Viva Brother – ‘Famous First Words’

Music journalist Dean Woodhouse is the newest contributor to This Town is Folly.  Piping out his own brand of observational witticisms, Dean will be unleashing his on-point album reviews upon TTIF readers…

Viva Brother’s debut ‘Famous First Words’ aren’t as famous as first thought.

What can I say about Viva Brother? A lot has been talked about of the Slough four-piece. They were signed to Geffen Records on the back of only a handful of performances in shoddy clubs and bars and since changing their name from Brother to Viva Brother, due to a lawsuit against the actual Brother, they have somewhat gone astray. Boasting their brand of Britpop they call “Gritpop” (deeper than most Britpop bands apparently), they first came on to the music scene with the very catchy ‘Darling Buds Of May’ late last year.  With high hopes and expectations on their heads, the call was that they might be the new Oasis. However, when anticipating a ‘Definitely Maybe’ record, we have instead received a ‘Be Here Now’ type of disappointment.

Working with former Blur and The Smiths producer Stephen Street on their debut outing may have steered them in the right direction to gaining some sing-along cred and well produced tracks, but unfortunately it’s nothing that will set the world alight. Other singles ‘Still Here’ and ‘New Year’s Day’ don’t quite seem to hit the mark, and to be honest are a little outdated. The typically overdone “oos” and “ahs” have been picked up and passed around more times in this album than Chlamydia within a clinic.

Something, besides the music of Viva Brother, that might put you off is their name. Although they had to change it under the circumstances, surely they could have thought of a better name than Viva Brother?! It doesn’t make any sense! Maybe Brother’s in Arms, Brotherly Love or Brother to Another would have been more acceptable (I’m just brain storming, don’t judge!)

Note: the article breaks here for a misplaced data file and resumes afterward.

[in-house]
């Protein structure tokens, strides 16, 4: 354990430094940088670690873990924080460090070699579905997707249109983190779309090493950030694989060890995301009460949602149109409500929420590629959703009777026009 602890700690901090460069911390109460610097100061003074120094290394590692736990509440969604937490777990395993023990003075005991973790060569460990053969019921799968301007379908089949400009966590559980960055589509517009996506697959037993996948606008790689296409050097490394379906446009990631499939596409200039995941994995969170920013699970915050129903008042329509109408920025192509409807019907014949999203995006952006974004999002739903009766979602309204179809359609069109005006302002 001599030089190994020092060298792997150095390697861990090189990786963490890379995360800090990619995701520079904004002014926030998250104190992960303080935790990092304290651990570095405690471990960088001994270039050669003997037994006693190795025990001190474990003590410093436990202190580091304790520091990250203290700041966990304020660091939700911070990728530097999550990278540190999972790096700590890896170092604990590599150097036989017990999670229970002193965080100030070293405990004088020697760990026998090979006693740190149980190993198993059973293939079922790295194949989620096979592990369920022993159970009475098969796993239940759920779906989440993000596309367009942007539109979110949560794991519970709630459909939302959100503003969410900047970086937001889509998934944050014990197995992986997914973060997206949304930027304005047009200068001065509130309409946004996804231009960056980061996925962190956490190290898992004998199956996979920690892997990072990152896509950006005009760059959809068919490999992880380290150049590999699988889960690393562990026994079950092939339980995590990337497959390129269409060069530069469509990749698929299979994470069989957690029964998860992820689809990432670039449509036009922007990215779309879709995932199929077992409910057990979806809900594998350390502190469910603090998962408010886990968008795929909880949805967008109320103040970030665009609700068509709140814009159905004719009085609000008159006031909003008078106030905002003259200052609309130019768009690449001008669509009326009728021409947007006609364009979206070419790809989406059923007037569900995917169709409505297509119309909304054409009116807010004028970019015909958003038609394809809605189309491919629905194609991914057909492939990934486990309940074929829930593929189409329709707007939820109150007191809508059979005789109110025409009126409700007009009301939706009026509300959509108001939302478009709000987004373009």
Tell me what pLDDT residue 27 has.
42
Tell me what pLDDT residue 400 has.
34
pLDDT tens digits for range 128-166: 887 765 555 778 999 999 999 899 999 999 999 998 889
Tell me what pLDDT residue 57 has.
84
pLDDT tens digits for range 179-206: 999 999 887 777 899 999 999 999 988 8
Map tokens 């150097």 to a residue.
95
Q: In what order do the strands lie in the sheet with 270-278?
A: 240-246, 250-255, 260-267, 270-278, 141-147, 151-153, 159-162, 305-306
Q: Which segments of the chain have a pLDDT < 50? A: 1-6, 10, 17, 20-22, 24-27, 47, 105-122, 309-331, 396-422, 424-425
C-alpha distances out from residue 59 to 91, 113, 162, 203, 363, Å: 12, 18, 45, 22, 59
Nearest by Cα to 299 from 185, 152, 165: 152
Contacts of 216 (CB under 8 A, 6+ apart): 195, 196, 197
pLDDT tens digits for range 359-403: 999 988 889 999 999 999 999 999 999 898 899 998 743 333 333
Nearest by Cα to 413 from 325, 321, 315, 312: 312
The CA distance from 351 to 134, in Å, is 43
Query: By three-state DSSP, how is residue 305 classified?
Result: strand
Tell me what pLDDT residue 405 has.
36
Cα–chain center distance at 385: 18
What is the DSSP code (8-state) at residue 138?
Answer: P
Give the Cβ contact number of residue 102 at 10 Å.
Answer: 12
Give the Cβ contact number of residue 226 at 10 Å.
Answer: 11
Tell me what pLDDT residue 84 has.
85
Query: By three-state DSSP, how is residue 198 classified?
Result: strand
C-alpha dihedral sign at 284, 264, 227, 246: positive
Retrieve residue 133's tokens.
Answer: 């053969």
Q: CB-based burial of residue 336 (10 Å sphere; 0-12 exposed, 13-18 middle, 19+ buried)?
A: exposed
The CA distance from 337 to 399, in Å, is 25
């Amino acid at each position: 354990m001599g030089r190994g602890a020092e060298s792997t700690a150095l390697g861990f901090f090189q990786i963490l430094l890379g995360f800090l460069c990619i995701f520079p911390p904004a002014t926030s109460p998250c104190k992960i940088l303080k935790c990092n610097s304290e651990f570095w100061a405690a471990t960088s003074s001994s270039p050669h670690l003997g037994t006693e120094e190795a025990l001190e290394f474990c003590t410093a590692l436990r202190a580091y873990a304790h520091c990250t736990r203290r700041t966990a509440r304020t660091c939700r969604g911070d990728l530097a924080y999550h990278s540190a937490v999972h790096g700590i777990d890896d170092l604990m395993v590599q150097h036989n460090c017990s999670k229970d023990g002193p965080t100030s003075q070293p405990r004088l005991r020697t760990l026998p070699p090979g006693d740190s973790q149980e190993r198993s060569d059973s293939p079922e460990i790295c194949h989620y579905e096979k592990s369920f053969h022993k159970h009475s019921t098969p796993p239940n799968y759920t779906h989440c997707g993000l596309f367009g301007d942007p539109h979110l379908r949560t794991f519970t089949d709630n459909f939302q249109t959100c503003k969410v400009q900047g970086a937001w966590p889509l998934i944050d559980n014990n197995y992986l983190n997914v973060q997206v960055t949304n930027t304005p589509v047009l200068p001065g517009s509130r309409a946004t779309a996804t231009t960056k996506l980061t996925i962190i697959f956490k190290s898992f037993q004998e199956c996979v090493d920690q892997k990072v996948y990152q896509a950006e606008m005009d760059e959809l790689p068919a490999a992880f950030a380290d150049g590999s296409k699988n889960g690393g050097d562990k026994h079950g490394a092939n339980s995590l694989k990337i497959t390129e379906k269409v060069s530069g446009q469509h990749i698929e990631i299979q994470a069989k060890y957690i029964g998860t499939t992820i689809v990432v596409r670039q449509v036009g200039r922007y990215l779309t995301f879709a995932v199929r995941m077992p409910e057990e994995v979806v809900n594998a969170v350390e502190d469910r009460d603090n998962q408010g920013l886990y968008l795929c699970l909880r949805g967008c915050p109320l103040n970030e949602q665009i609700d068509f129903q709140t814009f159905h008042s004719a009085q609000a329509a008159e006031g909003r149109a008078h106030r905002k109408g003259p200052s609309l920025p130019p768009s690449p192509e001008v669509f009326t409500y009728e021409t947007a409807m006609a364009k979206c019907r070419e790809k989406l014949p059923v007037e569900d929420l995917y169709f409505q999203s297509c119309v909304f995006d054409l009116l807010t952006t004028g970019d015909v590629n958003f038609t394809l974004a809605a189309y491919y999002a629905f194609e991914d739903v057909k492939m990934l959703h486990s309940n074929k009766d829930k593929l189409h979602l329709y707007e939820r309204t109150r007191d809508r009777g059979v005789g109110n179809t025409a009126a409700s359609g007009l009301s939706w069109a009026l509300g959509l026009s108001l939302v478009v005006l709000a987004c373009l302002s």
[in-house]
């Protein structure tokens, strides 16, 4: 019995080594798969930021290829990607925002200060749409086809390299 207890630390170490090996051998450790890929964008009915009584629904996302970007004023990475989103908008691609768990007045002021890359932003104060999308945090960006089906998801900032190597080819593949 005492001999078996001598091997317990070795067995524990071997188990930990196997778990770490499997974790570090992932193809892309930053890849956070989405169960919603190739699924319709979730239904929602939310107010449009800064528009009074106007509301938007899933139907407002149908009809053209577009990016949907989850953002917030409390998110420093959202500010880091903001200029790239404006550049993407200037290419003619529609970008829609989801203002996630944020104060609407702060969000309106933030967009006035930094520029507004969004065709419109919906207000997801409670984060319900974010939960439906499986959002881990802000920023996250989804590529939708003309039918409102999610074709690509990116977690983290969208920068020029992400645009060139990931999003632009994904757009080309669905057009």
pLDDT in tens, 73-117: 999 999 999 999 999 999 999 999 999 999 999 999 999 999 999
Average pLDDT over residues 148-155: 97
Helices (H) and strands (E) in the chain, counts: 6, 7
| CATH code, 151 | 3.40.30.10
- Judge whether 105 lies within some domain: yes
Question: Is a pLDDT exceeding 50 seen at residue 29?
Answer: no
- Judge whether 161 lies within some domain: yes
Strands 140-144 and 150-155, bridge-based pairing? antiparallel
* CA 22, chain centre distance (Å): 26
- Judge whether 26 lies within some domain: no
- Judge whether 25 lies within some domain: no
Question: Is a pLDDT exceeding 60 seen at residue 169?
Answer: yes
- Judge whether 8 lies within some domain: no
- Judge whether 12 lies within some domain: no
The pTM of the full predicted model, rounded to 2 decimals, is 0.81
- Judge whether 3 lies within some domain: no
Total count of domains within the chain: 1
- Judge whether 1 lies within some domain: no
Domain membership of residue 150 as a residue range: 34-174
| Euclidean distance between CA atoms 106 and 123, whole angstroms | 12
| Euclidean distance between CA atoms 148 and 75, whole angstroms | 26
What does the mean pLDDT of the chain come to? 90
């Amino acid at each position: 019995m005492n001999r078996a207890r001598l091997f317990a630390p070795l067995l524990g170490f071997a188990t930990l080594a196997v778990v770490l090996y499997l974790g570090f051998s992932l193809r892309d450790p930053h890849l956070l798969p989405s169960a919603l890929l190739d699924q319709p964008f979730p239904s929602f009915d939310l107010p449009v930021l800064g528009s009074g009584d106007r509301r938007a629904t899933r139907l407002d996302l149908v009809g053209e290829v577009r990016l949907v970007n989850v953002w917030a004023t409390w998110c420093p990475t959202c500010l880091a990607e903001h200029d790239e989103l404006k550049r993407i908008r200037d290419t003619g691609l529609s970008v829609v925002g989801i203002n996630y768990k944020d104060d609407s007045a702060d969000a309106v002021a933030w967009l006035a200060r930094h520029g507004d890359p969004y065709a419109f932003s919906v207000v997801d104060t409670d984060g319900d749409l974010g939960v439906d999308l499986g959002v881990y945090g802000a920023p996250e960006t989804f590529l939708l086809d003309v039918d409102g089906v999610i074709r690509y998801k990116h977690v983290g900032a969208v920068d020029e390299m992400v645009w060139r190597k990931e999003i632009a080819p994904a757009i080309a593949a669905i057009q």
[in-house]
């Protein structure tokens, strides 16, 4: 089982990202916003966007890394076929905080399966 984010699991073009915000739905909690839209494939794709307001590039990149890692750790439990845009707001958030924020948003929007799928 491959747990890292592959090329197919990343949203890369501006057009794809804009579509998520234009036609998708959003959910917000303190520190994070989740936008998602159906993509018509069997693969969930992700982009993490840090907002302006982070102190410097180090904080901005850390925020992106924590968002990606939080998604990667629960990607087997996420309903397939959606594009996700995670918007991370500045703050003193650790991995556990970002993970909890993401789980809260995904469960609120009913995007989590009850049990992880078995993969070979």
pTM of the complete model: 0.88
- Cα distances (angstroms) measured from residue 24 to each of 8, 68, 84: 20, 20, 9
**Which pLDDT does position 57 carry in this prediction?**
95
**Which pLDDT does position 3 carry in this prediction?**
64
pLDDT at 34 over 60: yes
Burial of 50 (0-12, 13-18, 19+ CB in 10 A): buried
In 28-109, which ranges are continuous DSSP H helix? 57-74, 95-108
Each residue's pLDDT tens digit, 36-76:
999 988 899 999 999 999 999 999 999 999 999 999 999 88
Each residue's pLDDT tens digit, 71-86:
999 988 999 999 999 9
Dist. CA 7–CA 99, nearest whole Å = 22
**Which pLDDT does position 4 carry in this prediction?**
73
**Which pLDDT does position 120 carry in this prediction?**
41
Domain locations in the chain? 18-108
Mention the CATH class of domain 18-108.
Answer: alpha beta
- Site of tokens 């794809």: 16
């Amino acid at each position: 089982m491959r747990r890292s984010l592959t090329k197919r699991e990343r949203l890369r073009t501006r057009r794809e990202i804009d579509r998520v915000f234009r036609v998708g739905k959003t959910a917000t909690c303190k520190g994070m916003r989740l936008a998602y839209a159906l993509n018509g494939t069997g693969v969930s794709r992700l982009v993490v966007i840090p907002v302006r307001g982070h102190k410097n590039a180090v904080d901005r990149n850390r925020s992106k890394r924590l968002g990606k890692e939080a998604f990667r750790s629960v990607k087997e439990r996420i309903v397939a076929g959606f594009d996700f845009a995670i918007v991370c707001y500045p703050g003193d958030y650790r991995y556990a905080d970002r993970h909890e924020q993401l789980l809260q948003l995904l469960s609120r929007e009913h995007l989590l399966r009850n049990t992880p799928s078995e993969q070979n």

Perhaps the unfortunate sequence of events preceding their album, has been the downfall of the debut release from Viva Brother and, ultimately, of their brand of “Gritpop”?

The highlights are few and far between, with ‘Electric Daydream’ and the three singles giving the four-piece some clarity in the direction they could be going in. Even though the record is just shy off 35 minutes long, it does tend to drag a bit, to the point where you are skipping the tracks to the first few again.

With a few festival dates at the Reading and Leeds festivals later this month, the thing that could save them is their live persona. Most bands are so exciting to watch that you crave their next tour dates to be released. I have witnessed some performances from Viva Brother have seen audience member’s hairs on the back of their heads stand up. Perhaps all is not lost from this young outfit yet.

For ‘Famous First Words’, I am sad to give them 5 stars out of 10.

Author:  Dean Woodhouse


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